• Annette says:

    I am a little confused. Are you looking at this as a good or bad thing? I mean students should not be bored in class, and teachers should give multiple options so that their students are not bored. But I do not think that school should be like a video game. Students, sadly, have to learn to the test at times but teachers can make it fun so that they are able to pass these tests.

  • Jen Tuzzeo says:

    Annette, currently, I am on the fence about the approach. The article we we wrote in Changing Schools (see the link above) goes more deeply into the process. Students are tested in order to move to the next level, and they are also guided in their curriculum. I simply find it interesting to have this kind of open dialogue about a different approach to student learning.

  • Karla says:

    I find the video game approach intriguing and a viable option to learning. I teach in an alternative school where instruction is truly individualized and we have used the analogy to think of accomplishing one’s academic goals as beating levels in a video game. However, in a traditional classroom this is a bit trickier as the content is not individualized but the student approach is. I have experienced students who were so goal oriented that they would practically tell me to sit down and let them be responsible for their own learning and they would take over and do an excellent job. And then there is the unmotivated group. Of course, this group is why we want to implement the video game idea to inspire them to become independent learners. This kind of learning, in my opinion, to be successful, will take time as the teacher acts as facilitator to support student choices as to how they are going to learn. As students take ownership of their own learning, they will feel empowered as they accomplish their goals.

  • M DaGrava says:

    “Learning like a video game” seems to be a great slogan since students are engrossed with video games. My main concern is if the approach is realistic. I am not trying to be negative just cautious. I understand that we need to keep students stimulated and a video game approach may just be the way to accomplish this. However, I feel that this approach may work best in a high school setting where the classes can be more easily separated into skill level, where as, in the elementary setting this approach may prove to be more difficult. I do like the idea of individualizing curriculum according to the student’s skill level of each concept, but what about cooperative learning and collaboration between students, would this be lost? The video gaming approach is definitely an aspect that I would like to learn more about and evaluate the research of the approach. I am willing to keep an open, yet cautious mind to this approach!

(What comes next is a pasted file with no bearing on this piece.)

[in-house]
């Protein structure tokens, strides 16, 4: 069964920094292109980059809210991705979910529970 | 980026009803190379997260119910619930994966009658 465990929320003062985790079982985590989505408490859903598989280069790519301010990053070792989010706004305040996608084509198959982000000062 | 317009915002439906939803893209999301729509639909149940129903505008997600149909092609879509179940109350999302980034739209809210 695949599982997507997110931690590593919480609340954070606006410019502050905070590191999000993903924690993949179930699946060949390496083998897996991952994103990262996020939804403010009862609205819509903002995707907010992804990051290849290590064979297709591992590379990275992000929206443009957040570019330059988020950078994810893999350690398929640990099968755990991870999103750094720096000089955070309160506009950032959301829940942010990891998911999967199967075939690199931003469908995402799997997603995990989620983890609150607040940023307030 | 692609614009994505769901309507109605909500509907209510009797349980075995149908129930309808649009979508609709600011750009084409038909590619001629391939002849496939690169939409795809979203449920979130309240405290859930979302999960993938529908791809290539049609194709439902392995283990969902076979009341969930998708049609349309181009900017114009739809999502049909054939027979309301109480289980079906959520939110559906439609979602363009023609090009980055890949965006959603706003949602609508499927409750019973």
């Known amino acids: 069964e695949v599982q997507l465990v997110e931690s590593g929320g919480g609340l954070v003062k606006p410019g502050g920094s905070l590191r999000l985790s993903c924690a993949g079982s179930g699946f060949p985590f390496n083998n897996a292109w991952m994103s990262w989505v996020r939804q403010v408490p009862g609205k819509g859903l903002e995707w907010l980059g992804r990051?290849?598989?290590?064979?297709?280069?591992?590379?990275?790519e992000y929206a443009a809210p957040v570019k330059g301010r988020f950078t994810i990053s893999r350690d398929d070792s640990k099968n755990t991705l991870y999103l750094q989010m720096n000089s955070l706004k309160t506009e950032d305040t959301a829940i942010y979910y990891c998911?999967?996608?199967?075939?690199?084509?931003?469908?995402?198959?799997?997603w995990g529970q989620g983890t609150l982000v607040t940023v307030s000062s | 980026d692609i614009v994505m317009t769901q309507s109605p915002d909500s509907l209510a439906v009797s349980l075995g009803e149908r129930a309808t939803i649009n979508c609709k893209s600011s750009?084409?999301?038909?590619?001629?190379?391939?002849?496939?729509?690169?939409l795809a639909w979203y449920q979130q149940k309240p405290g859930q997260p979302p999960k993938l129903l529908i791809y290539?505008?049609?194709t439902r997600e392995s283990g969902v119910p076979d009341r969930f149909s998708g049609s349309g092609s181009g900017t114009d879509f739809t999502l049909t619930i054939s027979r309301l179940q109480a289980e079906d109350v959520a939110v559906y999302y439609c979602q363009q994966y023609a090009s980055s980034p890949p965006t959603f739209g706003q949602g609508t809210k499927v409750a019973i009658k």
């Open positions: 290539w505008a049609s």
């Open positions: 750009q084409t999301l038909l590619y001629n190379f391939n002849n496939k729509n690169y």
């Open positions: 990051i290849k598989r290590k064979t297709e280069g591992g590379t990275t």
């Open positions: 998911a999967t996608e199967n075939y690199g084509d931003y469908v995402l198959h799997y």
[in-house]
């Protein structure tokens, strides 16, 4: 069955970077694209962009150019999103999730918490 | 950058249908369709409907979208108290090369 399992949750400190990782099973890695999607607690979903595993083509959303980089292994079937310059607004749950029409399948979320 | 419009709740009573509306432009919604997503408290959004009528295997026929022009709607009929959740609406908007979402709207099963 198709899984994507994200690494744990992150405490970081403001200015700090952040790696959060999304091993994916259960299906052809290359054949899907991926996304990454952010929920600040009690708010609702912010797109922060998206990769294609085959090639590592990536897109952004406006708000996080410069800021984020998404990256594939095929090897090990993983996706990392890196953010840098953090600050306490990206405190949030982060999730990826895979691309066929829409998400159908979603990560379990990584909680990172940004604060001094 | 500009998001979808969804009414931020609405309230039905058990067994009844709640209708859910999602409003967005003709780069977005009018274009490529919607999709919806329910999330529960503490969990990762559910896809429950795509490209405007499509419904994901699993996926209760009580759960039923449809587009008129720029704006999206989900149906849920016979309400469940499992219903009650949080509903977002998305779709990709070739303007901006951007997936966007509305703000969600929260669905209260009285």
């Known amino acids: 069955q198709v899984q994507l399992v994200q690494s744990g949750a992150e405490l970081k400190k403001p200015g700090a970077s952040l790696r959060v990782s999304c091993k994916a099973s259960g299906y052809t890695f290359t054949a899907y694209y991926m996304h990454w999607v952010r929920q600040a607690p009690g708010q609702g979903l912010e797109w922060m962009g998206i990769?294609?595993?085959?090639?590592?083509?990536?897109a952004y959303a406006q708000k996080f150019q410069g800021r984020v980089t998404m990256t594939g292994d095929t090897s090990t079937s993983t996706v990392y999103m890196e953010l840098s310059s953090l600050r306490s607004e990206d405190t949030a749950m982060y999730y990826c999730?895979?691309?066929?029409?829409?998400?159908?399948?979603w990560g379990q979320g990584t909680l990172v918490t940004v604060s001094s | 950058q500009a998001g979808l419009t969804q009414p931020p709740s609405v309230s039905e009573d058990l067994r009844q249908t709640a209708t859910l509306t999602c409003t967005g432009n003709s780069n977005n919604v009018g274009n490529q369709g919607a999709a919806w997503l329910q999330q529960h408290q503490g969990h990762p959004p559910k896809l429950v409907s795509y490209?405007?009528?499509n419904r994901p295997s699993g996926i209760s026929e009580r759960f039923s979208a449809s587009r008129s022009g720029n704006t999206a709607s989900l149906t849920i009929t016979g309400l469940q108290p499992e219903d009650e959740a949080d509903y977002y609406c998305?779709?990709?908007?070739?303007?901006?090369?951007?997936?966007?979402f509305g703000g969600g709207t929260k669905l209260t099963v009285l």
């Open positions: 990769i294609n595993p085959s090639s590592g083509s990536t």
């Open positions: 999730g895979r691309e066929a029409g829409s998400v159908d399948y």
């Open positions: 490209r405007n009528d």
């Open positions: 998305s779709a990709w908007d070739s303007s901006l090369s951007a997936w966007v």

• Shameeka Browne says:

    I think the idea of having students move along at their own pace is great. However, my concern lies in the management of the whole process. Are the students progressing from concept to concept (addition to subtraction), or are they progressing within in the same concept (adding single digits to double digits)? I am also curious of the teachers role if there are 20+ kids working on different levels? Are the students grouped by ability level? Is this an ongoing practice for introducing new content, or is it for review? I think this is a great concept for pre-assessing students’ academic levels. The data from the assessment could be used to shape the teacher’s approach for teaching new content. I have to do more research before I can make a decision about “approaching learning like a video game.”

  • Bree Sweat says:

    I love the idea of allowing students to move at their own pace. I really think is benefits the child and causes less stress for them as well. However, the first problem that pops into my head is this: how will the material be taught? Will you just have a teacher for each concept? Therefore, they will only teach that particular concept and then move on to another teacher. This could work and it would allow the students to learn different approaches to the material and view different learning styles. I cannot think of any other way to actually teach the material. If you had maybe 4 teachers that taught 4 different concepts each, it may work. Is there enough time in the day to do this because I am almost certain that one or 4 concepts is not the only thing that teacher would be teaching every day. Like I said before, the concept sounds great and I would love to use it at my school. It gives the students more freedom and I believe they would enjoy school more by doing this every day. However, I do not know if it could work at my school because we do not have enough teachers, materials, or time in the day to conduct school like this. I also believe it would benefit the scores on standardized testing as long as all of the student complete the 16 concepts. If they do not, I think they will fall behind. Another questions then arises; what do the students who finish the 16 concepts early do once they are done? Do they move on to the next set of concepts or review for the rest of the school year. Overall, I like the concept, but I just do not believe it would work in all schools.